Hit Ctrl + P and tape this to your fridge.
 
2013-07-31 01:33:53 AM
All it would take is an ad, and a poster comment that this 17 cent increase per dollar doubles the employee wages.
Everyone would go for it.

But then, would they actually give the employees a wage increase?
I'd bet the answer is... "Ah hell, look at these profits!" (No farking way.)
 
2013-07-31 01:34:19 AM

BojanglesPaladin: why doesn't everyone shop at Costco?


s3.amazonaws.com
Oh, they will.
 
2013-07-31 01:35:27 AM

bunner: gameshowhost: If you're speaking about the state of the economy over the past ~35 yrs, we've 'arrived where we' are due to following the economic philosophy of laissez-faire hacks who were proven incorrect both in theory, long before Thatcher/Reagan spread their b.s., and in reality ever since.   FFS, King Greenspan himself admitted such failure before congress.

And yet.


My whole point was that you blamed the entire field of economics when it was the fringe nutbag theorists who were responsible.  Other nations that eschewed laissez-fail and instead utilized the metered, socially-balanced, empirically-justifiable approach of mainstream economics don't have the basic allocation problems that we have.  Consider Germany, the Nordic countries, Canada, etc.

Look -- econ is a social science. It's imperfect, but that doesn't mean it's invalid.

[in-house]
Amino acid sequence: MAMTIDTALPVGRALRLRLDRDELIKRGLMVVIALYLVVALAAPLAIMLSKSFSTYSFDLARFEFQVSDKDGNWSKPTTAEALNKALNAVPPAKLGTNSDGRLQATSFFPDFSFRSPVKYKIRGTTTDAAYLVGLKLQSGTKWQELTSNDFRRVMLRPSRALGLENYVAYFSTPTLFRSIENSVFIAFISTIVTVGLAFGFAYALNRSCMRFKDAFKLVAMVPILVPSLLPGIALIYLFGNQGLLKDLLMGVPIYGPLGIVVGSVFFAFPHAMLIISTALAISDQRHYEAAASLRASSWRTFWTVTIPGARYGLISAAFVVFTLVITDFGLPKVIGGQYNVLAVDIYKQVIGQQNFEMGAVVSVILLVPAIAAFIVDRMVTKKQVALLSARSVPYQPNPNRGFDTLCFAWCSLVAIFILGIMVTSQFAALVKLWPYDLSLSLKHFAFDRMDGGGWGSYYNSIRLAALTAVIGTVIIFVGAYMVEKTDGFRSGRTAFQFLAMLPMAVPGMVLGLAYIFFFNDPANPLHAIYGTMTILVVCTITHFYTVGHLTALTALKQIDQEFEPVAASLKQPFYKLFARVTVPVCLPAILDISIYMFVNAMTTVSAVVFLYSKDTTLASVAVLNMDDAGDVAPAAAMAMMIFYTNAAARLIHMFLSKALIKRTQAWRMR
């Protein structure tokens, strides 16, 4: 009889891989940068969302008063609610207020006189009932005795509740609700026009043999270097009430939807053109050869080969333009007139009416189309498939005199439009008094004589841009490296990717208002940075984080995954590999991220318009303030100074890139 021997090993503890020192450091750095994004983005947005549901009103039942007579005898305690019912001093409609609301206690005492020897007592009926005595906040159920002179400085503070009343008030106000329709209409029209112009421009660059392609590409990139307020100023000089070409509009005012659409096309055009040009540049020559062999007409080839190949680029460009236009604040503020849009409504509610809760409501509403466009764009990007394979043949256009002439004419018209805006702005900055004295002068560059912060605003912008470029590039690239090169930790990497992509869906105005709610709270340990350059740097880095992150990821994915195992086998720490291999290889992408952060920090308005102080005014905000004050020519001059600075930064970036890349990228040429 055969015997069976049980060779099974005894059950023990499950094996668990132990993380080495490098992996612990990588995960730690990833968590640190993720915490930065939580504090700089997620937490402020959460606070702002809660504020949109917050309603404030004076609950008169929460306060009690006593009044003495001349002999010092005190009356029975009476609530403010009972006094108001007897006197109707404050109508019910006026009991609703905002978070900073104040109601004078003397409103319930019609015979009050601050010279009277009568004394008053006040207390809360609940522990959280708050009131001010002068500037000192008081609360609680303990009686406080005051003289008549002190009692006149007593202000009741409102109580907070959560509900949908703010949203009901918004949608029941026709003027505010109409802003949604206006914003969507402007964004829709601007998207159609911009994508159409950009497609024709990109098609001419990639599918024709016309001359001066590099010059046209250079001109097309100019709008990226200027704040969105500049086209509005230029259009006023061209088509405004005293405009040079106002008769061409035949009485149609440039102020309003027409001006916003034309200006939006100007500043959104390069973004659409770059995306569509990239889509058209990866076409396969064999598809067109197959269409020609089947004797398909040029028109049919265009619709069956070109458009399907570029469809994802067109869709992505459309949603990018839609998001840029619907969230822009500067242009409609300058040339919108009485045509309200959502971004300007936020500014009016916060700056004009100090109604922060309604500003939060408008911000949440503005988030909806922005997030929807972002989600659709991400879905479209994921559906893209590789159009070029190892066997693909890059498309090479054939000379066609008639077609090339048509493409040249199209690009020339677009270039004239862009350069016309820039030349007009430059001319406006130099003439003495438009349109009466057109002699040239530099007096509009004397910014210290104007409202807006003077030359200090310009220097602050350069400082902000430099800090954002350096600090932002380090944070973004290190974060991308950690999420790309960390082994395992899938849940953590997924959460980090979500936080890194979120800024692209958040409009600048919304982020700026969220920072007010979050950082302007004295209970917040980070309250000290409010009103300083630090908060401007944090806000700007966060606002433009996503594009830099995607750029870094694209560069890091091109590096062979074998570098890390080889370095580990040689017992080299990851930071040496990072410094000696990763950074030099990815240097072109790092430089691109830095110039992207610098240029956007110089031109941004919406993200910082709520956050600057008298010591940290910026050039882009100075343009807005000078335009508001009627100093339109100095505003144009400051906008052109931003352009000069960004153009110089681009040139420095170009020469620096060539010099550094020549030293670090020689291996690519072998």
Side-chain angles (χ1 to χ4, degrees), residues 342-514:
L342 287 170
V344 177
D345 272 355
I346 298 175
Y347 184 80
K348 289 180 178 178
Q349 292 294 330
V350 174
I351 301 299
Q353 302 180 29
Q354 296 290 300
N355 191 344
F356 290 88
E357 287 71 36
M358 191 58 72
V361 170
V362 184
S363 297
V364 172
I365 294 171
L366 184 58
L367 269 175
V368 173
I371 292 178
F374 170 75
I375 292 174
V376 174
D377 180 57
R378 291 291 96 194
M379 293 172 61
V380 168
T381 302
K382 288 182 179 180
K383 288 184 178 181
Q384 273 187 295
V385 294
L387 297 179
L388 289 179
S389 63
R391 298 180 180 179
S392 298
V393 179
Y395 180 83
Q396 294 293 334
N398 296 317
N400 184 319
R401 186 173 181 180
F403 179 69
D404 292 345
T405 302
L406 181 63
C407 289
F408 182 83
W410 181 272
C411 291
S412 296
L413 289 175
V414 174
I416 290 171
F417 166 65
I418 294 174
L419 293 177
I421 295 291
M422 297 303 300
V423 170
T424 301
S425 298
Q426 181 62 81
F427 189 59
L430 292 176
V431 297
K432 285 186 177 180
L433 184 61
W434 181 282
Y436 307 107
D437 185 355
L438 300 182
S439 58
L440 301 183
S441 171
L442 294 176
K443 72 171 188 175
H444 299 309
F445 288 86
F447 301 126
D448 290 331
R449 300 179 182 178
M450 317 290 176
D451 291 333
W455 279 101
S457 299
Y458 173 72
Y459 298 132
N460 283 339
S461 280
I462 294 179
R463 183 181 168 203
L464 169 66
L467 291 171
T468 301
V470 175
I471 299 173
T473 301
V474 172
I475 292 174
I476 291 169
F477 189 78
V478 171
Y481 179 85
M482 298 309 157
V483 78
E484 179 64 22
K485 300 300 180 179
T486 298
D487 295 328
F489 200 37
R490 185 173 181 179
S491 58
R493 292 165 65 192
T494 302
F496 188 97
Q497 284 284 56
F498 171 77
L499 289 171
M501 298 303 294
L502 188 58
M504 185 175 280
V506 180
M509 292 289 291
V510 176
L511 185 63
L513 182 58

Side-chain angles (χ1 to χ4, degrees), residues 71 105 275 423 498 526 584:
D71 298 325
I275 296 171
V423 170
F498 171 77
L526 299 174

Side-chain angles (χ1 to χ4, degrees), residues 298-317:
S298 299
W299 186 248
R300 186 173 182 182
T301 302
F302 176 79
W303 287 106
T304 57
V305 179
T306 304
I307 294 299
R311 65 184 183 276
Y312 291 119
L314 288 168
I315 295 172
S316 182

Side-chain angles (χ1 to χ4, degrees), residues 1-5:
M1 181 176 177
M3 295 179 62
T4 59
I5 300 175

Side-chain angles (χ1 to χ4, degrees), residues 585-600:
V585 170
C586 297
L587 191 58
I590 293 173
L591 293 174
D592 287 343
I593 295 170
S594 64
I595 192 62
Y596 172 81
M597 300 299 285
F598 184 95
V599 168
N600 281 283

2013-07-31 01:36:41 AM

Stoker: All it would take is an ad, and a poster comment that this 17 cent increase per dollar doubles the employee wages.
Everyone would go for it.

But then, would they actually give the employees a wage increase?
I'd bet the answer is... "Ah hell, look at these profits!" (No farking way.)


I have an economics theory.  I call it the Bunne Rabb Greater Motherf*cker Theory.  It essentially states that, if you give somebody anything of value whatsoever, they tend to keep it.
 
2013-07-31 01:38:56 AM

gameshowhost: My whole point was that you blamed the entire field of economics


I'm not holding economics as a whole's feet the fire, I'm saying that the entire practice seems to be largely inconsequential, much like some fat f*ck in a Lay Z Boy telling you what you just saw happen in the football game on TeeVee.
 
2013-07-31 01:42:53 AM

gameshowhost: Look -- econ is a social science. It's imperfect, but that doesn't mean it's invalid.


It helps when you remember the social part. After all, economic activity is social activity.
 
2013-07-31 01:43:28 AM

bunner: gameshowhost: My whole point was that you blamed the entire field of economics